The plight of stray dogs in Colombo and surrounding areas, and the Western Province is one we often hear about. However, this doesn’t mean that the strays are better or worse off in other areas of the country.
On a recent visit to Jaffna, The Morning Brunch noticed a surprising number of stray dogs in the area and reached out to Vidya, an animal welfarist, to learn more about how the population and treatment of stray dogs is handled in northern Sri Lanka.
Vidya, who was formerly involved with the Facebook community Animal Lovers of Jaffna, explained that part of the problem with the stray population in Jaffna is a lack of animal welfare organisations and groups. While there are two dog shelters in Jaffna, one in Ariyalai (run by the Thiyahie Charitable Trust), and one in Iyakachchi, Kilinochchi (run by a charity called Sivapoomi), there is nevertheless a lot of reliance on the Government for support with curbing the stray dog population, which comes with its own challenges.
An attitude that greatly hinders the curbing of stray dog populations, and one that is not exclusive to the North, is that of sterilisation being a sin. This, combined with a lack of resources, creates a problem with more and more puppies being born each year and abandoned in markets or outside the homes of animal welfarists.
In the North, people tend to adopt male dogs as guards, and when dogs prove to be too playful, this can also lead to them being abandoned elsewhere. The preference for male dogs also leaves many female dogs homeless, which also leads to more puppies being born into the stray population each year.
The initiatives to curb stray dog populations
Vidya shared that because of the lack of formal animal welfare organisations, much reliance is on the Government, which faces its own challenges when taking steps to control stray dog populations.
One of the challenges the Government faces is the lack of catchers to assist in rabies prevention and sterilisation programmes in the North. The lack of access to dog catchers means that many of the dogs that are treated and sterilised are owned by families who lack the resources to care for their pets on their own, and this, while a positive step, doesn’t always translate to a major impact in controlling stray dog populations.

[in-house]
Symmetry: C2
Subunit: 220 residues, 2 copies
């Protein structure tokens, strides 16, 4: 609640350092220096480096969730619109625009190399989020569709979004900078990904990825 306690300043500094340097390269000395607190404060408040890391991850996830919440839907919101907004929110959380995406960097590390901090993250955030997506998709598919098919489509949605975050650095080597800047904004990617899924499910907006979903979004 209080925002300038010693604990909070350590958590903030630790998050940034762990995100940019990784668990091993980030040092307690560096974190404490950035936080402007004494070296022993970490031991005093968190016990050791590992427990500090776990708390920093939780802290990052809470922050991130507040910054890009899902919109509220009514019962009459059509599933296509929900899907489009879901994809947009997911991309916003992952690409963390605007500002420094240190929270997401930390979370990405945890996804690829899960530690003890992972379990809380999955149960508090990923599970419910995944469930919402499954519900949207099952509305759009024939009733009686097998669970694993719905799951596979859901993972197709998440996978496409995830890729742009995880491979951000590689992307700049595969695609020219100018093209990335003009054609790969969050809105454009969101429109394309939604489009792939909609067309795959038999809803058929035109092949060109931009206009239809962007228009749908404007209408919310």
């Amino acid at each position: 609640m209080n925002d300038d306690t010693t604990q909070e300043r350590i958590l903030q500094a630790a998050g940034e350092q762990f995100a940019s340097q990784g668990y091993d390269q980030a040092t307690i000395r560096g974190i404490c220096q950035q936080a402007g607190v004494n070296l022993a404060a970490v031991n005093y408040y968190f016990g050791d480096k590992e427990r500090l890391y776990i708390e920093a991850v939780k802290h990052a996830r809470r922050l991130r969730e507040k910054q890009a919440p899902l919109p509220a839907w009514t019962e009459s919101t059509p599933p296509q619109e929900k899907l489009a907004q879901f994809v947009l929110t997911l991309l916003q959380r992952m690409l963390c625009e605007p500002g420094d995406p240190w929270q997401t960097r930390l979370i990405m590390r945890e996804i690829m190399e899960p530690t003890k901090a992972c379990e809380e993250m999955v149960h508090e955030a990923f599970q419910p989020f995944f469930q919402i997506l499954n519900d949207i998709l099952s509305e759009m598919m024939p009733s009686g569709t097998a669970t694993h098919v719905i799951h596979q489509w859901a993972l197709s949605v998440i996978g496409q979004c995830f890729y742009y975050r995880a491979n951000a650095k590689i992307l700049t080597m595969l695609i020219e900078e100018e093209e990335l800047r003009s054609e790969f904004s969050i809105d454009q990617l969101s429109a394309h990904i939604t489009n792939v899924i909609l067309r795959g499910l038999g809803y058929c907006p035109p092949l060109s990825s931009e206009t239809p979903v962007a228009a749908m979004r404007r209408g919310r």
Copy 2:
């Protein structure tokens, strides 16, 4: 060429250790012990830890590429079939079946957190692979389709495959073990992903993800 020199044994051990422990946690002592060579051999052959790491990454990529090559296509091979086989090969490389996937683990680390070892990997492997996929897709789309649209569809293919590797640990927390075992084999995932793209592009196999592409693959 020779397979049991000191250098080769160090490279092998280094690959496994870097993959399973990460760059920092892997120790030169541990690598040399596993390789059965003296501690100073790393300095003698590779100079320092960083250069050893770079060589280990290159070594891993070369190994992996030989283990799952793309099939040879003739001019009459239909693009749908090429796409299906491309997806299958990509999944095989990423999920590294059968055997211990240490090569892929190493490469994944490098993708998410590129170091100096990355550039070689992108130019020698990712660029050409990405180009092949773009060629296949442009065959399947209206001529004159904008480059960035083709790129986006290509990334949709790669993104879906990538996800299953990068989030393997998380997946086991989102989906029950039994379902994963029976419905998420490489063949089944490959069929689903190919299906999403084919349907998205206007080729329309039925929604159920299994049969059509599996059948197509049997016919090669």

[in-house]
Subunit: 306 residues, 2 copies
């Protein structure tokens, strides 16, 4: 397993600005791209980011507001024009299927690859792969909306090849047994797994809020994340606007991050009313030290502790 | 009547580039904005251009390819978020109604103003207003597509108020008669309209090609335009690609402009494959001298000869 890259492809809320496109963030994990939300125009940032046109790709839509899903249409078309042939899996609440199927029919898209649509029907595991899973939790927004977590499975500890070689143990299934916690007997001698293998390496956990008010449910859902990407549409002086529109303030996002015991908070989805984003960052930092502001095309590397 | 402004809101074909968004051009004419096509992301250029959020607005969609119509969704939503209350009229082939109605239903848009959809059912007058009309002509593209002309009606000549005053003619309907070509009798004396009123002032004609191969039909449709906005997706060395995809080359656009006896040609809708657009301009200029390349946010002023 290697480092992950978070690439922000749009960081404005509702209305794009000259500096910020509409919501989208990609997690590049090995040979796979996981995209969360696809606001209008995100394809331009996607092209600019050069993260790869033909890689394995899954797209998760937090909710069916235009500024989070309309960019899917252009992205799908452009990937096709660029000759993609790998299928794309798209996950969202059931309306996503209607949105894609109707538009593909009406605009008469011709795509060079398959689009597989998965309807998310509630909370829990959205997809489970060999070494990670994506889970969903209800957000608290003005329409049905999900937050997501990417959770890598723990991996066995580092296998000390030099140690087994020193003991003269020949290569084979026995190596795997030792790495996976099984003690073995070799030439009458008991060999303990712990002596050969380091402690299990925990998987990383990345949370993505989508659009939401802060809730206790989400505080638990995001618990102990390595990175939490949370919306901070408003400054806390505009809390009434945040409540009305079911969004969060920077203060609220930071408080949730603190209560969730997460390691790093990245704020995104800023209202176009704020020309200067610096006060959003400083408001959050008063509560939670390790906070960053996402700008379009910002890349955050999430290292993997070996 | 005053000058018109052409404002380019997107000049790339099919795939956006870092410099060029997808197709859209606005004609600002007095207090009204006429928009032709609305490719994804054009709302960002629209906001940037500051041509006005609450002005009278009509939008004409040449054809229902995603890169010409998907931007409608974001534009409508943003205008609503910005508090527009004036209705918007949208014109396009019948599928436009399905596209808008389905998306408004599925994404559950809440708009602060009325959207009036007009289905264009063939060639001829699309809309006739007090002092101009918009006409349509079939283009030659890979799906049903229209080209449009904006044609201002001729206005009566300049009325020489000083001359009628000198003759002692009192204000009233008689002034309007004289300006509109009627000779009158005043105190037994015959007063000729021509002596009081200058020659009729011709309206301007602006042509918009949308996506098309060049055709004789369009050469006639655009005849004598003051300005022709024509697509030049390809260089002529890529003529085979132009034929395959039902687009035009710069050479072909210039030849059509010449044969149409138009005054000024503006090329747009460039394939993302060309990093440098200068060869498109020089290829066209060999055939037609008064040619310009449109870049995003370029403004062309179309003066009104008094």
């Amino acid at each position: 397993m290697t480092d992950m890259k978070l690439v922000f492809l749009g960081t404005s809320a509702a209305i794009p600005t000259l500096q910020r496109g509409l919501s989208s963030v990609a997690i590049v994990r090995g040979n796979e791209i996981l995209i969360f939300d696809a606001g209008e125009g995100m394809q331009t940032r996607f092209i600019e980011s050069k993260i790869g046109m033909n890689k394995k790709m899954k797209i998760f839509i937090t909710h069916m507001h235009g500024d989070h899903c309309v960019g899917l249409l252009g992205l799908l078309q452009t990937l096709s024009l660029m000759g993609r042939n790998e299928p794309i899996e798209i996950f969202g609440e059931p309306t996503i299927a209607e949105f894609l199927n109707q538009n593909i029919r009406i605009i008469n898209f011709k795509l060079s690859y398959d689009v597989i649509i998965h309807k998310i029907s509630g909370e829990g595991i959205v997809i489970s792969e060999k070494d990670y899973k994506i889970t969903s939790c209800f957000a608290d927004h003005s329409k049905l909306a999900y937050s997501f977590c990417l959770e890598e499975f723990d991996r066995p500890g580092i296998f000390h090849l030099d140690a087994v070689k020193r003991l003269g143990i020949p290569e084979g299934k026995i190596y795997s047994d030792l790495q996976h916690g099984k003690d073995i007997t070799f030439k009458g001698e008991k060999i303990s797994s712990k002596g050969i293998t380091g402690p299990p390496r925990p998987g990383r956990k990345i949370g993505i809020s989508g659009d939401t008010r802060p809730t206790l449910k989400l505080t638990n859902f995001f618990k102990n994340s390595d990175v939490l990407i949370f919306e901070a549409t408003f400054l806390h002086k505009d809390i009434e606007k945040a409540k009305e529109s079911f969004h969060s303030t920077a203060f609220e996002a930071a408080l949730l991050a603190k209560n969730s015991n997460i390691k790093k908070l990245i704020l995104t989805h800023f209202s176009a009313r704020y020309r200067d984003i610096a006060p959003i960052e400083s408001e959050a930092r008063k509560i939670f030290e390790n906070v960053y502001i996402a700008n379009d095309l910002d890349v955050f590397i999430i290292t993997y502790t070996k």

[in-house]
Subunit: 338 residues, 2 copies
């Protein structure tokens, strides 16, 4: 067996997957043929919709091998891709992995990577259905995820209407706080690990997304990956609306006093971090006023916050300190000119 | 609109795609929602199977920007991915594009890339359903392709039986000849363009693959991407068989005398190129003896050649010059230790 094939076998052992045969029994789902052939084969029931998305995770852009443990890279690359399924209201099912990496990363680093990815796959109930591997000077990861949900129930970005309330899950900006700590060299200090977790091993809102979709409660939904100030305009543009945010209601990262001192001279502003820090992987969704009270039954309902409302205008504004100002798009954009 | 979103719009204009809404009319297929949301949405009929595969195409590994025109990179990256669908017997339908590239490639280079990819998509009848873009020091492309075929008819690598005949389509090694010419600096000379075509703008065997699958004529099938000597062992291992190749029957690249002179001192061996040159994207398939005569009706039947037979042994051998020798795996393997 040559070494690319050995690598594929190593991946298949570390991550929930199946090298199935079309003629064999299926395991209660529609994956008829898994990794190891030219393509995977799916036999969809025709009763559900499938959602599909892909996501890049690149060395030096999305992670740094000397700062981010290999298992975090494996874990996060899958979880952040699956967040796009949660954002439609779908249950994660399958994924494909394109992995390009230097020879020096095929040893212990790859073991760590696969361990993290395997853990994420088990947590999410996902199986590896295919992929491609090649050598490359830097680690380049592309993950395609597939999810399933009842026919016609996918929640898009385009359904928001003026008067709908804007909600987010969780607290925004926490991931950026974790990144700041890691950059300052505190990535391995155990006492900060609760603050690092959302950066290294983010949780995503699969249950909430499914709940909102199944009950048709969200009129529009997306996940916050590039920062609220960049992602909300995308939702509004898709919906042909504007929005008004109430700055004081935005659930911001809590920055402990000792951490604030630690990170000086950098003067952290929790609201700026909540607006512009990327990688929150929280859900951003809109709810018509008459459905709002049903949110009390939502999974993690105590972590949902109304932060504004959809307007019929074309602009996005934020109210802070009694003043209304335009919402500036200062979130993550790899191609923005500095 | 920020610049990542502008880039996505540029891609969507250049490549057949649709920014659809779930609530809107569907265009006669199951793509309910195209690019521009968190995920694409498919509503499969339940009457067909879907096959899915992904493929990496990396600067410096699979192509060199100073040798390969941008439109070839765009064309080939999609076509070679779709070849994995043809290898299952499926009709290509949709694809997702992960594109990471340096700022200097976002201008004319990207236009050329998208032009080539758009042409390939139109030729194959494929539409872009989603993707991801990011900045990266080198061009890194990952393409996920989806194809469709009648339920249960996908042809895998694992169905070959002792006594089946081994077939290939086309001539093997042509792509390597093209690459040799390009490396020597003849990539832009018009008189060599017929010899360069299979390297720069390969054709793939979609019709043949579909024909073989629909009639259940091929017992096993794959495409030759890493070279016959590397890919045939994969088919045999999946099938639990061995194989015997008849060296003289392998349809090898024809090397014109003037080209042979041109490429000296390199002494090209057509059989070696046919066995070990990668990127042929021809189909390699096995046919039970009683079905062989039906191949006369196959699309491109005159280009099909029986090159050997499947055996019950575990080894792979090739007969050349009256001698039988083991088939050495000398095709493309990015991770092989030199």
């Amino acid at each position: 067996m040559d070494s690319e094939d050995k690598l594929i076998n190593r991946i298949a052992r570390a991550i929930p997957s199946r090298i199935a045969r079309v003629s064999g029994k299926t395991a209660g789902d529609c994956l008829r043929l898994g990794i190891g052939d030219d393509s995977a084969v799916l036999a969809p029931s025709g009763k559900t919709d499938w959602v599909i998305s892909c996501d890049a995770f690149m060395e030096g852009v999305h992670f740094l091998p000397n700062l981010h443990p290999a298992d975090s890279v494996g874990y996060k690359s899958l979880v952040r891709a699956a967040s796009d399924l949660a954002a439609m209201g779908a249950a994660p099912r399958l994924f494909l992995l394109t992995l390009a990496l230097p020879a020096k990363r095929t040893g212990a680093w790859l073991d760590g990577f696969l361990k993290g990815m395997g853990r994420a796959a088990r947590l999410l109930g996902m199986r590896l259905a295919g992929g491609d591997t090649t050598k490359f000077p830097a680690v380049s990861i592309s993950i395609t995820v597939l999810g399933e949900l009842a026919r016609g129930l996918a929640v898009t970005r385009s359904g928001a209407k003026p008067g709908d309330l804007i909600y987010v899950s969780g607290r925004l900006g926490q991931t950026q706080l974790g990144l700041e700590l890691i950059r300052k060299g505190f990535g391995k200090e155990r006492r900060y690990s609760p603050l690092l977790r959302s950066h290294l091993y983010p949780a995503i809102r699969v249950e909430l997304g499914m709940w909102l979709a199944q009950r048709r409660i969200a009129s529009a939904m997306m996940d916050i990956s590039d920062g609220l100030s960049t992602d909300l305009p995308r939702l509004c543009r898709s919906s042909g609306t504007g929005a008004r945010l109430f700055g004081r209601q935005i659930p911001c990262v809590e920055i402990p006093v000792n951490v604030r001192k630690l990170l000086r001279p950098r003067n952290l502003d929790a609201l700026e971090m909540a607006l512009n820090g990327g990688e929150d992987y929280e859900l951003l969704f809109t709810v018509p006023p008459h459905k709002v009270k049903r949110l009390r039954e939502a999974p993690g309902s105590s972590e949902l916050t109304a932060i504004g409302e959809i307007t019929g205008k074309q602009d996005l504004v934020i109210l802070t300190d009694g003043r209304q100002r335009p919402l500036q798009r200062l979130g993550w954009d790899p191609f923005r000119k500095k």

Sterilisation programmes have also changed hands in recent years; initially under the purview of the Department of Animal Health, it was taken back over by the Ministry of Health and Indigenous Medicine, and this switch also sometimes creates gaps in the effectiveness of programmes.
The Ministry of Health also outsources rabies prevention and sterilisation to independent private organisations, and while this is commendable, private organisations are only able to conduct programmes infrequently and as their own resources dictate, and this also impacts efficiency in the long term.
This is also where the lack of regional animal welfare organisations comes into play, Vidya commented. In the South, there are organisations and they are able to do more on a regional level to curb populations.
Stray dogs and the community
Most people tend to attack stray dogs, Vidya explained, or throw sticks and stones to discourage them, and strays are also underfed which sometimes prompts them to attack.
The dog shelters are also overwhelmed, as are the local animal welfarists, who often find themselves inundated with puppies left outside their doors during puppy season.
On a community level, Vidya explained that there is a great need for more awareness programmes in schools and villages, as well as a need for affordable veterinary services.
Government and other sterilisation programmes take place once a year or so, but this doesn’t solve the problem, because many people are often unable to bring their pets in on the specified date, and often can’t afford veterinary services unless it is government-supported.
A more tolerant view towards stray populations is needed, along with the resources to be able to effectively control new populations.
PHOTOS Saman Abesiriwardana